Adventure Awaits at Adirondack Lakes
It's no secret that one of the jewels of the Adirondack Region is its abundance of iconic lakes. Adirondack lakes are the best—in beauty, purity, and year-round accessibility. The region boasts over 3,000 lakes and ponds, so if you're after swimming and boating, camping and hiking, or just taking in magnificent lakeside views, there's a memorable experience awaiting all who venture there. Here are a few lakes you won't want to miss while you're here in the Adirondacks.

Lake George

  • 32 miles long, 3 miles wide
  • Lake George was nicknamed "the Queen of American Lakes" by Thomas Jefferson.
  • The lake is home to nearly 186 islands. 154 of those islands are owned by the State of NY and many are available for camping.
  • Known for iconic boat tours like the Minne-Ha-Ha, parasailing excursions, lakefront hotels & resorts, and Million Dollar Beach.
 
 

Lake Placid

  • 2,170 acres, 50 feet deep
  • Its waters served as the inspiration for a color of classic Fender guitars, called "Lake Placid Blue".
  • It's the drinking water source for the nearby village of Lake Placid.
  • Take in the beautiful views of Whiteface Mountain and the Adirondack Great Range from a boat, or enjoy island camping in a lean-to on Moose Island.

Lake Champlain

  • 120 miles long, 12 miles wide, 400 feet at its deepest
  • 587 miles of shoreline
  • Home to the oldest known fossil reef in the world (~480 million years old)
  • Rumored to be home to Champ, the famous Lake Monster
  • Rent a sailboat yacht for a week and sail along Lake Champlain for a truly unique Adirondack vacation experience.
 
 

Cranberry Lake

  • 6,995 acres, 38 feet deep
  • It's the third largest lake in the Adirondacks.
  • Named for cranberry bogs that used to grow in the lake.
  • Cranberry Lake is a popular destination for those seeking a more secluded Adirondack experience away from the more crowded areas of the region.

Saranac Chain of Lakes

  • 17-miles of waterway connecting the Saranac River with Lake Flower, Kiwassa Lake, Oseetah Lake, and Lower, Middle and Upper Saranac Lakes.
  • Encompasses part of the northeast's largest wilderness canoe area—the St. Regis Canoe Area.
  • Featured on ESPN's Great Outdoor Games for bass fishing.
  • Enjoy secluded shoreline beaches, island camping, gorgeous sunsets, and long relaxing boat rides when you visit the Saranac Chain Lakes.
 
 

Schroon Lake

  • 9 miles long, 1 mile wide, 56 feet deep
  • The lake was formed by ancient glacial rubble that carved out the Schroon Valley.
  • The Adirondack Marathon route circles Schroon Lake.
  • Splash around at the Schroon Lake Town Beach, a lifeguarded, public beach perfect for fun in the sun, picnicking, sandcastle making, swimming, and enjoy the Adirondack Mountain views.

Tupper Lake

  • 44 miles long, 148 feet deep
  • Discovered by Native Americans in the 16th century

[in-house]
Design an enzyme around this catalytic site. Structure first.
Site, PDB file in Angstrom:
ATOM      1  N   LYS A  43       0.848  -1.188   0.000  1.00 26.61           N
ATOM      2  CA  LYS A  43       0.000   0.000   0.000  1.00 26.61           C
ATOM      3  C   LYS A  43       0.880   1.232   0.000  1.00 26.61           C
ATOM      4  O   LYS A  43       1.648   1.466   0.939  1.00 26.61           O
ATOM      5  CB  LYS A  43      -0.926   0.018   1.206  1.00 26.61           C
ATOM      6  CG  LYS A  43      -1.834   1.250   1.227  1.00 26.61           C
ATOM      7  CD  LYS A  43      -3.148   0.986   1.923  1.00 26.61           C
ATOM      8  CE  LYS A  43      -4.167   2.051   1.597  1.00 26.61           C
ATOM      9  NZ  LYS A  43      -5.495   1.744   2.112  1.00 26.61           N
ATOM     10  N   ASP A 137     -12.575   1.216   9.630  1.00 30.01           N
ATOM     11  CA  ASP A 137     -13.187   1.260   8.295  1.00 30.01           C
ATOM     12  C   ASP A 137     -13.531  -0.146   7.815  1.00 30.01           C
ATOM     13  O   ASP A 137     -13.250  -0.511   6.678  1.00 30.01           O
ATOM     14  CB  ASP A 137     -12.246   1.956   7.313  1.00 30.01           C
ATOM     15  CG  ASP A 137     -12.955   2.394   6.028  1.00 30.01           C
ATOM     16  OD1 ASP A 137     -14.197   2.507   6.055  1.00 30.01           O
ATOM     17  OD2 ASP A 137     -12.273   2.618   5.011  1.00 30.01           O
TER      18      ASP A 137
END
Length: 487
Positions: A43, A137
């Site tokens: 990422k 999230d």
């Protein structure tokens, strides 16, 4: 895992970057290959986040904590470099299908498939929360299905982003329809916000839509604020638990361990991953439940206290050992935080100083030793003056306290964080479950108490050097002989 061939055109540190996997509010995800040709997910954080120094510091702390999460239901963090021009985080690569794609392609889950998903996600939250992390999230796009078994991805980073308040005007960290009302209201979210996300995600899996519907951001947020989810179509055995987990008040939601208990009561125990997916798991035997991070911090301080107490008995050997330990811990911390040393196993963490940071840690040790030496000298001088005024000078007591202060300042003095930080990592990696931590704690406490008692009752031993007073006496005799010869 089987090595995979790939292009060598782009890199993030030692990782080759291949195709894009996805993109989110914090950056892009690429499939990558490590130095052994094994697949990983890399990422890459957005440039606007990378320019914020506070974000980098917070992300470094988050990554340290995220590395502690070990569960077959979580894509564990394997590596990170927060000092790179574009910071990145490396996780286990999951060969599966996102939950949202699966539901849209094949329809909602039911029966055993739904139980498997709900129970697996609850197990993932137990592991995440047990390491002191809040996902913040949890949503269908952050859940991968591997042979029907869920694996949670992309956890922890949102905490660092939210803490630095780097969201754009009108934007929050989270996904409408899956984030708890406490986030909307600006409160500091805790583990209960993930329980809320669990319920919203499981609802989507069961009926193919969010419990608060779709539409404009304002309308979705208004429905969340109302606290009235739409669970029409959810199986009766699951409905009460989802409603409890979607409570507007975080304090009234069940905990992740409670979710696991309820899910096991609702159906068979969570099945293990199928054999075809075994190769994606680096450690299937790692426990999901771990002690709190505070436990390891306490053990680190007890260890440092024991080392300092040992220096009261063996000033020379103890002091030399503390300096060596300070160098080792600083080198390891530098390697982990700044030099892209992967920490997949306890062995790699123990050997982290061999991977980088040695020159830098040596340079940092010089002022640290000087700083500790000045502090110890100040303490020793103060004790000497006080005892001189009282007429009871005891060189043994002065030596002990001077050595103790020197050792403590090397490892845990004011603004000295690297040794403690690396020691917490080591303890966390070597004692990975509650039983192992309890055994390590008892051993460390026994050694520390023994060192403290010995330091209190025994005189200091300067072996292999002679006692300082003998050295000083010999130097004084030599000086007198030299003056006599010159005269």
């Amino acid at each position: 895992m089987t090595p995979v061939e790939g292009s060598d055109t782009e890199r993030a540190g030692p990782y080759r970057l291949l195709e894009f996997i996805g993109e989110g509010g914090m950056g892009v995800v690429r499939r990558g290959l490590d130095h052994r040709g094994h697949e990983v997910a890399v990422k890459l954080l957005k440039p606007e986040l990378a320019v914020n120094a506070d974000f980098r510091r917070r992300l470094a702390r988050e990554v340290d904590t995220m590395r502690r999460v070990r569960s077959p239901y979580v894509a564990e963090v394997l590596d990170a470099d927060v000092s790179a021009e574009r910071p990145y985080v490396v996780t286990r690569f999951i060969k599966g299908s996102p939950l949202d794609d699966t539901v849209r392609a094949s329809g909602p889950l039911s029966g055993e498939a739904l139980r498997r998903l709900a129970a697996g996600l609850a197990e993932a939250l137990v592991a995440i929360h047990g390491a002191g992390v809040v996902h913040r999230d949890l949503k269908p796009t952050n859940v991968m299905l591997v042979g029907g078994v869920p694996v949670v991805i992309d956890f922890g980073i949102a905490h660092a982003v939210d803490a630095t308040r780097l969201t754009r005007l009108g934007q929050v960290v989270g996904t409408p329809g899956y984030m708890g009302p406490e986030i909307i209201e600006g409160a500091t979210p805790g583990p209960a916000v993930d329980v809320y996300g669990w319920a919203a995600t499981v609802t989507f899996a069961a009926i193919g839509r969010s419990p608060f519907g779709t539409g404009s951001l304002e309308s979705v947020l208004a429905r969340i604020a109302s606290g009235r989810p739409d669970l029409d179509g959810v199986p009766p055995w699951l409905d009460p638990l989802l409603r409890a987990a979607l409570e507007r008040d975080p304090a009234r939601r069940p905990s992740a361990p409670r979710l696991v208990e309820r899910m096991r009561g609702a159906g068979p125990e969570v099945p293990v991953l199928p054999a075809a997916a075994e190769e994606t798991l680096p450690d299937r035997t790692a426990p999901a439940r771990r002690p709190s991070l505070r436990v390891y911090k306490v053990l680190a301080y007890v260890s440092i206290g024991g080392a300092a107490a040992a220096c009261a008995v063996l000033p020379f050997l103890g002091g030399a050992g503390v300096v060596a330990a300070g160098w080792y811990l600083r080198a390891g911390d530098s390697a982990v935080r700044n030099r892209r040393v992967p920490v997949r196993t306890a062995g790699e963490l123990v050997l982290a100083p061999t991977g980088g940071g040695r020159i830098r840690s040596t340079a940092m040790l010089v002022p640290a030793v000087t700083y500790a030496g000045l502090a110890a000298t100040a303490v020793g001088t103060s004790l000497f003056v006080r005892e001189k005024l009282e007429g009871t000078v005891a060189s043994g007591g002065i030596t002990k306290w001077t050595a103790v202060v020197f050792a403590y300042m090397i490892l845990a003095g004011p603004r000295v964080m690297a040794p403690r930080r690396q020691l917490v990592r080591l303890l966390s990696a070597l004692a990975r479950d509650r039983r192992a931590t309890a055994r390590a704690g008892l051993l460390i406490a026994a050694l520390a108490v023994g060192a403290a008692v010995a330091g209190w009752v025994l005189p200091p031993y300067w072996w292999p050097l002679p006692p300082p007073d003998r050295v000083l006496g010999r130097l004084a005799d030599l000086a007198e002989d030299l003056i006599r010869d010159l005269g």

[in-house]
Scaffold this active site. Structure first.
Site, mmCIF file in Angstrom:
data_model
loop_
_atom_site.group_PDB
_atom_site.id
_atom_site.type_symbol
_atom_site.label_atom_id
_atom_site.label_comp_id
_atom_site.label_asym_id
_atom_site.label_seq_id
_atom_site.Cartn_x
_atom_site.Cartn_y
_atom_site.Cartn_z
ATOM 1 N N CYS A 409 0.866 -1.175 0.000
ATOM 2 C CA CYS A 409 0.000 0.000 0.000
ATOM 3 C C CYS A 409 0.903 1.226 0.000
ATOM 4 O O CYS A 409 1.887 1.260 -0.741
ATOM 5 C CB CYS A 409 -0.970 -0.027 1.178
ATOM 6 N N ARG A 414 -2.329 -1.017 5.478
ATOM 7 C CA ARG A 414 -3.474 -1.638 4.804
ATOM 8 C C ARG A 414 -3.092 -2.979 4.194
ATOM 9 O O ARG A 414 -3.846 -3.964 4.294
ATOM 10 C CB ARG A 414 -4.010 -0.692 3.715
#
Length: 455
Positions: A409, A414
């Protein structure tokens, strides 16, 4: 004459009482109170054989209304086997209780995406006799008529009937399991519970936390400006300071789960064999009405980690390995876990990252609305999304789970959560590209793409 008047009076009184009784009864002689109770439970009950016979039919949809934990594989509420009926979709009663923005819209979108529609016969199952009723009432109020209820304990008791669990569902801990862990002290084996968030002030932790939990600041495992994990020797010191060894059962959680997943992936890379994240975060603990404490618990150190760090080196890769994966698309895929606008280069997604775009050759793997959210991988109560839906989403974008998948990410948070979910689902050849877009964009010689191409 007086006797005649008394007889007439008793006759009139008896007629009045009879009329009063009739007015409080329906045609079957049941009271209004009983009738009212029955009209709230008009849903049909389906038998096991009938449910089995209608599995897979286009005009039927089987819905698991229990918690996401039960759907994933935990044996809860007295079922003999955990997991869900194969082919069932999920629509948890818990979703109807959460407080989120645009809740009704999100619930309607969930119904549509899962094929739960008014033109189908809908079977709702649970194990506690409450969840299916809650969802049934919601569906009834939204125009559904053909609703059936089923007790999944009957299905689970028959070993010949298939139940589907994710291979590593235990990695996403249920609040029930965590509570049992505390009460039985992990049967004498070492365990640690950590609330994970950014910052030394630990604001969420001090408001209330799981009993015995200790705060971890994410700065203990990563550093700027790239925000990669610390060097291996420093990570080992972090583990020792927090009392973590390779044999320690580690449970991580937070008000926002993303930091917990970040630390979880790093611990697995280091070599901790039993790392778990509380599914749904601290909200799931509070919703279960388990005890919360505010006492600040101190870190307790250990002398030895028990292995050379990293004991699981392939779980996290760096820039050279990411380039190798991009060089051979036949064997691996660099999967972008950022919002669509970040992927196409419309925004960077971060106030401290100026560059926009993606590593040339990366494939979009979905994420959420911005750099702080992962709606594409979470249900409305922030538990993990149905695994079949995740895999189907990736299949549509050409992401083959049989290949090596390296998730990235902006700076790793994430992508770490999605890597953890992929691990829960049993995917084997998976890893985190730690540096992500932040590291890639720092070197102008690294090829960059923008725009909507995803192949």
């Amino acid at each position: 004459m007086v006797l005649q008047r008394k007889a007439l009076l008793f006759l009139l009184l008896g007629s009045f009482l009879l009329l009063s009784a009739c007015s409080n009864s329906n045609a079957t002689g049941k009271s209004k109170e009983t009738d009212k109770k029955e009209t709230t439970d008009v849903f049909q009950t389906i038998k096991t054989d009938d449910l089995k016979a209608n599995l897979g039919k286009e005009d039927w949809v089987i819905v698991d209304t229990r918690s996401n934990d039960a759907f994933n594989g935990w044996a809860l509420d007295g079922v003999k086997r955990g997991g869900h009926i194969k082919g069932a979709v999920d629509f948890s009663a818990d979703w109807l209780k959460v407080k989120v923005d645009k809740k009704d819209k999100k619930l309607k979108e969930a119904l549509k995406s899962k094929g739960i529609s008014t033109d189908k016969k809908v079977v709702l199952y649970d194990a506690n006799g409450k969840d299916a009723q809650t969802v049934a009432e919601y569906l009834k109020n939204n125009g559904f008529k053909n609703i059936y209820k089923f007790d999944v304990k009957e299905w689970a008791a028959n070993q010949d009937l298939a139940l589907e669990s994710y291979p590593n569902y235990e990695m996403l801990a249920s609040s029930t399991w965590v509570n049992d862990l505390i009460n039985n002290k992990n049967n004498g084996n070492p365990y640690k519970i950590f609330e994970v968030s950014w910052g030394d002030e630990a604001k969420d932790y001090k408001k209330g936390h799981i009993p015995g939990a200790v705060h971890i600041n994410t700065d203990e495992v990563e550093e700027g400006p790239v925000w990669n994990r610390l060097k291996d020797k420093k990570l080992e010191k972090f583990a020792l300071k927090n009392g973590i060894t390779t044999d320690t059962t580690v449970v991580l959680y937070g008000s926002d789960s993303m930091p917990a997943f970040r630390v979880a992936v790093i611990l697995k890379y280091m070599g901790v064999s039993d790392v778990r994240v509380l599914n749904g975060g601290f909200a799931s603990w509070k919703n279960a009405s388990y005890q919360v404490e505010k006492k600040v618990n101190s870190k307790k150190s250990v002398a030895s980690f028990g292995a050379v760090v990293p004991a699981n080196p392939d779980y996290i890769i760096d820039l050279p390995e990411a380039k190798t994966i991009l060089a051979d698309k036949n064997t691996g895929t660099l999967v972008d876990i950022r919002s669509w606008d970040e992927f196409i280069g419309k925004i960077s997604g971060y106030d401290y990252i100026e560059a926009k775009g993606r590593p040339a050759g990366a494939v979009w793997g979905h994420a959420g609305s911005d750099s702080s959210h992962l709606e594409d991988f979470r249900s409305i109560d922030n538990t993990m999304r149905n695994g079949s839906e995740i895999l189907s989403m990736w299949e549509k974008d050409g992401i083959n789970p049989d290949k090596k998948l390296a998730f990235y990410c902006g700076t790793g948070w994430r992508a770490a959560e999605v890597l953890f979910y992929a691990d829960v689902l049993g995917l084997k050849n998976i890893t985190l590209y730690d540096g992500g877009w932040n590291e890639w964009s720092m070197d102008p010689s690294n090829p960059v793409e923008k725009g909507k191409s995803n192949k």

• Tupper Lake was once known as the "Highways of the Adirondacks" for its paddle-friendly connection to rivers, streams, and ponds in the region.
  • Cast a line and try your hand at catching 13 different species of fish, or head over to Little Wolf Beach for over 2,000 feet of sandy shoreline and camping.
 
 

Mirror Lake

  • 122 acres, 60 feet deep
  • Lies in the center of the Olympic village of Lake Placid
  • Hosts the swimming leg of the IRONMAN Lake Placid
  • As a non-motorized boat lake, it is the perfect place to enjoy SUP boarding, kayaking, and swimming all summer long.
  • The town of Lake Placid plows a path around the entire frozen lake in the winter for ultimate winter fun like skating, hockey, and the awesome toboggan chute!

Long Lake

  • 14 miles long, 4,077 acres, half-mile width
  • Part of the Northern Forest Canoe Trail
  • Was a favorite spot of William Henry Harrison "Adirondack" Murray, considered the father of the Outdoor Movement.
  • For a magical Adirondack experience, take a scenic seaplane ride from Long Lake!
 
 

Raquette Lake

  • 4,925 acres, 95 feet deep
  • The lake is named for French snowshoes (raquettes) abandoned along the lakeshore by a group of British Loyalists escaping the Revolution.
  • 80 percent of Raquette Lake's shoreline is designated "Forever Wild" by New York State.
  • Learn about the historic Great Camps along Raquette Lake on the W.W. Durant boat tour while enjoying delicious food and beverages.

Indian Lake

 
The Adirondack Regions
The Adirondack Regions feature over 100 welcoming communities, mountains, lakes, verdant valleys and steep cliffs. Spanning more than six million acres, the Adirondack Mountains are home to the largest protected natural area in the lower 48 of the United States. Like a patchwork quilt, the Adirondacks are made up of twelve distinct regional destinations, each offering their own brand of Adirondack adventure. From the endless canoeing and kayaking in the Saranac Lake and Tupper Lake regions, to the extensive hiking trails of the High Peaks Wilderness in the Lake Placid Region - discover an area as diverse in geography as it is in activities and events. Bicycle between wineries on the Adirondack Coast, or dive to sunken shipwrecks in the Adirondack Seaway near the Canadian Border. You're invited to explore the Lake George Region's family-friendly attractions and discover the Adirondack Tug Hill Plateau's one-of-a-kind recreation opportunities.
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